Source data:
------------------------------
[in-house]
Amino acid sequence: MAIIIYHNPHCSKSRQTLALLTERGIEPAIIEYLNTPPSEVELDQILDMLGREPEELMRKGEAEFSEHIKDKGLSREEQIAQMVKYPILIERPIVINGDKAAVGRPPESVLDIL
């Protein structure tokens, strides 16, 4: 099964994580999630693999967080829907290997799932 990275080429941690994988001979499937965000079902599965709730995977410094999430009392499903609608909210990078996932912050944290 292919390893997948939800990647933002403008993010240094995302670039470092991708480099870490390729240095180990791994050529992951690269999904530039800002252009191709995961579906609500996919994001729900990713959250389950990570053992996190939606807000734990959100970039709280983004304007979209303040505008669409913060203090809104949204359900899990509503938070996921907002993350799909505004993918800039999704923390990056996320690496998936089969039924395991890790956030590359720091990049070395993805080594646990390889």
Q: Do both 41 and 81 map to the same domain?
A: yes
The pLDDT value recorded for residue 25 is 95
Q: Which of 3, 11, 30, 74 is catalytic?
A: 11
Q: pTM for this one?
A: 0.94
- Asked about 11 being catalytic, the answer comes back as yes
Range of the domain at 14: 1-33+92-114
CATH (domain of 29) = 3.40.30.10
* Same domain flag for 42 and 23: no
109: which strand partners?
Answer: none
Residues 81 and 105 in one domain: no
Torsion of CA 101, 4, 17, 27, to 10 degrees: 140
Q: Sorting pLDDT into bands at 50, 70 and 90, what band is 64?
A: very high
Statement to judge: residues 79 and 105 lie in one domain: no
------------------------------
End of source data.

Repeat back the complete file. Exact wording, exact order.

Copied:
[in-house]
Amino acid sequence: MAIIIYHNPHCSKSRQTLALLTERGIEPAIIEYLNTPPSEVELDQILDMLGREPEELMRKGEAEFSEHIKDKGLSREEQIAQMVKYPILIERPIVINGDKAAVGRPPESVLDIL
């Protein structure tokens, strides 16, 4: 099964994580999630693999967080829907290997799932 990275080429941690994988001979499937965000079902599965709730995977410094999430009392499903609608909210990078996932912050944290 292919390893997948939800990647933002403008993010240094995302670039470092991708480099870490390729240095180990791994050529992951690269999904530039800002252009191709995961579906609500996919994001729900990713959250389950990570053992996190939606807000734990959100970039709280983004304007979209303040505008669409913060203090809104949204359900899990509503938070996921907002993350799909505004993918800039999704923390990056996320690496998936089969039924395991890790956030590359720091990049070395993805080594646990390889």
Q: Do both 41 and 81 map to the same domain?
A: yes
The pLDDT value recorded for residue 25 is 95
Q: Which of 3, 11, 30, 74 is catalytic?
A: 11
Q: pTM for this one?
A: 0.94
- Asked about 11 being catalytic, the answer comes back as yes
Range of the domain at 14: 1-33+92-114
CATH (domain of 29) = 3.40.30.10
* Same domain flag for 42 and 23: no
109: which strand partners?
Answer: none
Residues 81 and 105 in one domain: no
Torsion of CA 101, 4, 17, 27, to 10 degrees: 140
Q: Sorting pLDDT into bands at 50, 70 and 90, what band is 64?
A: very high
Statement to judge: residues 79 and 105 lie in one domain: no